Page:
Linux Gazette now has its own domain name! Check out http://www.linuxgazette.net/ as another way to get to LG.
Other LG News While we do not mail issues of LG to our readers--it's just too big--we do have an announcement service. Write firstname.lastname@example.org with the wordsubscribe in the body, and each month you will receive an e-mail notice when we post Linux Gazette.
Our ftp site will now contain each issue after Issue 9 in its own gzipped tar file. Issues 1 through 8 will be together in one gzipped tar file.
Check out the two cool Linux sites of the month!
The Rat Pack Underground Network is a must-see. This URL has some practical stories about using Linux to solve "real-life" problems and much more.
The Eyes on the Skies Robotic Solar Obsevatory and BBS page contains an internet-accessable robotic solar telescope and BBS system built by Mike Rushford. You can actually control your view of the sun by controlling a telescope from your browser! The telescope control pages are served by a Linux system that is called Eyes on the Skies.
The Linux Counter is a serious attempt to count users in the Linux universe. At the moment, more than 53.000 people are registered with the counter, coming from more than 130 different countries. The counter has been recently updated and given a new Web interface and forms design, and is now able to give you the ultimate Linux counter gimmick: The Linux REGISTRATION CERTIFICATE! This little GIF image, with your personal registration number on it, ready for insertion in your Web page, is available for you at the price of filling out the registration form. Older, registered users can go to http://counter.li.org/update.html, enter their registration key, and get it there.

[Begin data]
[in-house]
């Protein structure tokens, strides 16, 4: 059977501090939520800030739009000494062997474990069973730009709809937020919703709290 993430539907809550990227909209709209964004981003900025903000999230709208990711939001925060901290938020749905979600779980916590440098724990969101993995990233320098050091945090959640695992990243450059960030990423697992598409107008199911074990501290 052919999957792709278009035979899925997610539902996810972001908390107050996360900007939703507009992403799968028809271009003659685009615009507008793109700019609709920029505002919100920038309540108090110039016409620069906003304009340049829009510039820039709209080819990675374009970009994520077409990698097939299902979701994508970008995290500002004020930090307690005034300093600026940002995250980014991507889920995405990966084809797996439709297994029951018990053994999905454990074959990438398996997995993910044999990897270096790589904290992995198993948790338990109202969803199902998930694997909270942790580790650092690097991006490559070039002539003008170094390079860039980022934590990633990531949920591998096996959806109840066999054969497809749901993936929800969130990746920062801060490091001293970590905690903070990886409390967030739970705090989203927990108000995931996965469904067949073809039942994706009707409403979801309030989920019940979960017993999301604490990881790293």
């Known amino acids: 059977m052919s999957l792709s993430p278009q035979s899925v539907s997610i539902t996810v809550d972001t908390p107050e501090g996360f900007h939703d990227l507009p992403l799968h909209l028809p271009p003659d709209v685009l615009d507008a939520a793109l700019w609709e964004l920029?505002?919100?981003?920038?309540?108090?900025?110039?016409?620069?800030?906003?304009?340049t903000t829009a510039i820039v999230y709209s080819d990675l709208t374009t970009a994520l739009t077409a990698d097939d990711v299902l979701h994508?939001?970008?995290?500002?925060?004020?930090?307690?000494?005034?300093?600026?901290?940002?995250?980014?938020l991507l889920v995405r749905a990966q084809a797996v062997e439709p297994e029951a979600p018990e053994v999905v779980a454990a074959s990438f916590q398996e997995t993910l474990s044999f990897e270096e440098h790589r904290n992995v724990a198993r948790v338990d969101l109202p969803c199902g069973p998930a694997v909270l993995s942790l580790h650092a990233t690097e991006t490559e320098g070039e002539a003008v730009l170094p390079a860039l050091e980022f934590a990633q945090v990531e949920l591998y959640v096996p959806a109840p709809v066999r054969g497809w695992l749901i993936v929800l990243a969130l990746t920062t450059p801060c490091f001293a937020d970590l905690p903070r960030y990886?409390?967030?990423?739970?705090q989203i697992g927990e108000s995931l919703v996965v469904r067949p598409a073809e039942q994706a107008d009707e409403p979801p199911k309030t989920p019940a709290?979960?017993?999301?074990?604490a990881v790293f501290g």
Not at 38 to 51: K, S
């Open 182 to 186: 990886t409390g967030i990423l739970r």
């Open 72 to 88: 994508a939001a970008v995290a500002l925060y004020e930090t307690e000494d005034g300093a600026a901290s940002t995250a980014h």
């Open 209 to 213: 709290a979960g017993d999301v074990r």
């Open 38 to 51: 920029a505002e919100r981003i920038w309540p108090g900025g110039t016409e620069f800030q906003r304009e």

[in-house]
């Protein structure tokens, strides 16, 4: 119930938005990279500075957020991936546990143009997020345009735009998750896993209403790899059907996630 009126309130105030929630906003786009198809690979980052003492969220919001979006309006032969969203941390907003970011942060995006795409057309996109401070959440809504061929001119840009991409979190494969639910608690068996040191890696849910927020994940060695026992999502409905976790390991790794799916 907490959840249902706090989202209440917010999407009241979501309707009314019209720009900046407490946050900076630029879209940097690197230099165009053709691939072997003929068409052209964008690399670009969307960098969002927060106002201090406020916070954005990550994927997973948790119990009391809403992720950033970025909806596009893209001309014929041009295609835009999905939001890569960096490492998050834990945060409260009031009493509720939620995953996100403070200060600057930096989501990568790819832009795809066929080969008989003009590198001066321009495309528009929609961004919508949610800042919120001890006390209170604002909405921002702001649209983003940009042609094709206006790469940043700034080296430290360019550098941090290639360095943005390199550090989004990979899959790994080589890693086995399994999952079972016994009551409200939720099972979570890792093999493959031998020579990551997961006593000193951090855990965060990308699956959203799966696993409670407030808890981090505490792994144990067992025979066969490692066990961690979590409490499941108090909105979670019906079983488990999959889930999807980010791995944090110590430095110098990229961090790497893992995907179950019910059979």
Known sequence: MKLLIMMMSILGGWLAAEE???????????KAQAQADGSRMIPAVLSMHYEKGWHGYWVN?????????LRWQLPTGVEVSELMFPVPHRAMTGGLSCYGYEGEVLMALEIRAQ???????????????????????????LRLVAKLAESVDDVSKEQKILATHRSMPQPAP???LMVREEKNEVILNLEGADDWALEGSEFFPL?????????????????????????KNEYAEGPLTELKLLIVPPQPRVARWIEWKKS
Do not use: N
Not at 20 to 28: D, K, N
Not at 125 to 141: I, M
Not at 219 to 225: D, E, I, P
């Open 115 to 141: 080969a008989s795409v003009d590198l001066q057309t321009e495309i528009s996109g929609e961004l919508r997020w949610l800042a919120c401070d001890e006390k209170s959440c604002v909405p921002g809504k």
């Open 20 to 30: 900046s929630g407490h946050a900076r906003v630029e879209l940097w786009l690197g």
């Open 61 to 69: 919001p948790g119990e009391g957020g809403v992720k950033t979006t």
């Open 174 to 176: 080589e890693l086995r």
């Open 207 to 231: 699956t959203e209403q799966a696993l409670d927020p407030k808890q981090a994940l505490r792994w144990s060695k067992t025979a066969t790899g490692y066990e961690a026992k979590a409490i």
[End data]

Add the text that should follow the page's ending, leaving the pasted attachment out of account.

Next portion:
Come on folks--STAND UP AND BE COUNTED!!!!
Check out the new HOWTO on virtual services which includes a section on virtual mail services as a whole. Go to http://sunsite.unc.edu/mdw/HOWTO/Virtual-Services-HOWTO.html The author would like your comments on the HOWTO in order to keep it on track, you can reach him at email@example.com
In celebration of the 200,000th Eiffel Professional license, ISE is making available special limited time offers for new purchases of the Eiffel Professional Licence and upgrades from Personal Eiffel.
FREE Upgrade to Eiffel Professional license with NEW Java Interface (see offer for full details)
Eiffel Professional Suite $495
Eiffel Client-Server Suite $795
Eiffel Cross-Platform Suite $895
Eiffel Enterprise Suite $1195
A special bonus runs with each of the above which includes a free upgrade to the next release, a free O-O book and 15% off any ISE training session up to June 1998. The Enterprise Suite also includes a free year of maintenance and support from the date of purchase.
Readers of the "Animal Books" by O'Reilly now have a chance to see some wild animals close up, courtesy of computer book publisher O'Reilly & Associates. O'Reilly has launched the In a Nutshell contest, with the prize being a trip for two to the San Diego Zoo and Wild Animal Park. Readers of O'Reilly's bestselling In a Nutshell quick-reference books can find entry forms at their favorite bookstores. Completed entry forms must be received by December 31, 1997, and the winner will be chosen on January 30, 1998.
Official In a Nutshell Contest Rules:
There is a Windows application, called JWP -- a Japanese Word Processor. This package was written by Stephen Chung, and as a GNU product it is freely distributable. JWP comes with its own fonts and its own Front End Processor (FEP) which means it is useful on English-only computing systems. It is also integrated with Jim Breen's EDICT Japanese-English dictionary. Unfortunately, JWP is only available for Windows right now, which is locking out a lot of people under other platforms who might benefit from it. As Stephen is quite busy with full-time work and maintaining the Windows versions (he's developing version 2.00 now), there is an attempt being made to go ahead and port to X-Windows.